Existence can be defined a number of ways, but can simply be said to be things that 'are'. Often is the case where existing things are also defined to have the property of persisting independently regardless of the observer. Although a seemingly simple concept, existence raises many important metaphysical questions. For example: “Is existence a property of objects?”, “What is the relation between existence and essence?”, “Can objects lack existence?”.
Whether or not existence is a property is one of the more important questions pertaining to existence, and a rather substantial group of philosophers reject that it is. These include: Hume, Kant, Russell, and Aristotle. The answer to this question becomes important for many other fields of thought such as arguments for and against the existence of God. For example, the ontological argument for the existence of God goes as follows: God is a being of the utmost perfection and goodness. Existence is a good-making quality; a being that exists is better than one that does not. Therefore God must exist.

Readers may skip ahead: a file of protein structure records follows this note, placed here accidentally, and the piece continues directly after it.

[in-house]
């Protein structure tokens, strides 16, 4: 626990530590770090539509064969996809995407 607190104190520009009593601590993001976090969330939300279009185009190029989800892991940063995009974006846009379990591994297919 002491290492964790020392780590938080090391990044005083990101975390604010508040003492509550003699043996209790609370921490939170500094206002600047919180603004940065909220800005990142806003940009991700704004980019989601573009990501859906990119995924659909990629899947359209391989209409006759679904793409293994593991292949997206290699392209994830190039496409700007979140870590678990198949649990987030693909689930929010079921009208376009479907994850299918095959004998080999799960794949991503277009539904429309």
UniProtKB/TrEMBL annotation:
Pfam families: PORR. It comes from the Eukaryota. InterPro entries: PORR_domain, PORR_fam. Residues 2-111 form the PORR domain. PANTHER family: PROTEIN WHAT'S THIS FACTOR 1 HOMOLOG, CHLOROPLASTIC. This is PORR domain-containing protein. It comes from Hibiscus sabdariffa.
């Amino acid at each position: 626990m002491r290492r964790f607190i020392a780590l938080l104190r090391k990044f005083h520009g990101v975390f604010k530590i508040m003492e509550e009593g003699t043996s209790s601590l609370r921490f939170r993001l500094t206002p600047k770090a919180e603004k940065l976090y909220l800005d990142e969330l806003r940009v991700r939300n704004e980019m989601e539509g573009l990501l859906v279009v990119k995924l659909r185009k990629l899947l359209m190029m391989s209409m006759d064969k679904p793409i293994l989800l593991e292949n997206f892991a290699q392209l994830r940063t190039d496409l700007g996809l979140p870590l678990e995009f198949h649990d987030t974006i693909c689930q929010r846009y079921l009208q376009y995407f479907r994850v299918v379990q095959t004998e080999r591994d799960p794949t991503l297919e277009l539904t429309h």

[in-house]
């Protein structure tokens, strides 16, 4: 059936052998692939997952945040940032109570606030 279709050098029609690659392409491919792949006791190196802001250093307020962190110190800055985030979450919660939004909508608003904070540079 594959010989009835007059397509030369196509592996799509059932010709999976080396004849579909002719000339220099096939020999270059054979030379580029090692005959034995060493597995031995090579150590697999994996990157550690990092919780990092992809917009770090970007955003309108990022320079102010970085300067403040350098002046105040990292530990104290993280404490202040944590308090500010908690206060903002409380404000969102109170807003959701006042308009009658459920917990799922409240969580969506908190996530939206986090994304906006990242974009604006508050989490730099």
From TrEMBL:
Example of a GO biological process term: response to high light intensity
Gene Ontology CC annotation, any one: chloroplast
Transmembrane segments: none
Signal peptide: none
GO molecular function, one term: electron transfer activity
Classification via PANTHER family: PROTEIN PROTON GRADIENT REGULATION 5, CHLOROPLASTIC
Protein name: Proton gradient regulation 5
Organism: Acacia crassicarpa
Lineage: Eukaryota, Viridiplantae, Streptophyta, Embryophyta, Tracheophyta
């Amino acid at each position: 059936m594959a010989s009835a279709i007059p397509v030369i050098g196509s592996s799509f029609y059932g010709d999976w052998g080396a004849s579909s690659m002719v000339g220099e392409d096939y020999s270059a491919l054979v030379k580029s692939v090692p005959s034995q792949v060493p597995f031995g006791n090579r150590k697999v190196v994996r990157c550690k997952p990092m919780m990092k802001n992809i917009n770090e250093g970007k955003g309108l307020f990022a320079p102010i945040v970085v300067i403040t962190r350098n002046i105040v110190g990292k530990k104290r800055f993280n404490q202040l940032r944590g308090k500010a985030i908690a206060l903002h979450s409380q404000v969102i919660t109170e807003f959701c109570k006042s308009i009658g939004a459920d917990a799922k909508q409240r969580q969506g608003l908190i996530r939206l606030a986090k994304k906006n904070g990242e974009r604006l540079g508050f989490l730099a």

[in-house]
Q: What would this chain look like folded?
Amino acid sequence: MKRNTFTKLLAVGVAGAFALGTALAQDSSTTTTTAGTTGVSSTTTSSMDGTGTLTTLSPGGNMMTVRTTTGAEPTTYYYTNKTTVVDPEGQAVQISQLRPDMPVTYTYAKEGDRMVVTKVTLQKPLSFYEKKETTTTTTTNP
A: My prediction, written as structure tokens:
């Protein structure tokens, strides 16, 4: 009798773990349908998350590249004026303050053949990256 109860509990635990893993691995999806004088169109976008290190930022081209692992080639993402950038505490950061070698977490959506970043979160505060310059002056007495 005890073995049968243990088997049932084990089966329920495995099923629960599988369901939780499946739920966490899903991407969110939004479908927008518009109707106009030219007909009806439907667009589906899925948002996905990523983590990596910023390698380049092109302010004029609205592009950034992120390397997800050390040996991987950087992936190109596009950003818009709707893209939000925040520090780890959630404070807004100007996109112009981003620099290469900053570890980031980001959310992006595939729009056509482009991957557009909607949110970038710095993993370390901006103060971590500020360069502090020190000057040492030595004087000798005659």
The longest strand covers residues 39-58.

Kant argues against such a claim for God's existence by relying on the idea that existence is not a property, but an essential part of a being that cannot be removed from it without destroying the being. Here we can see that the discussion of whether or not existence is a property is pivotal to the truth of the ontological argument for God. Russel, on the other hand, takes a different approach in asserting that existence is a property of concepts rather than individuals. In a sense then, existence is a “second-order” property. This is just one example of a question raised about the nature of being and existence, but the list for this metaphysical concept goes on.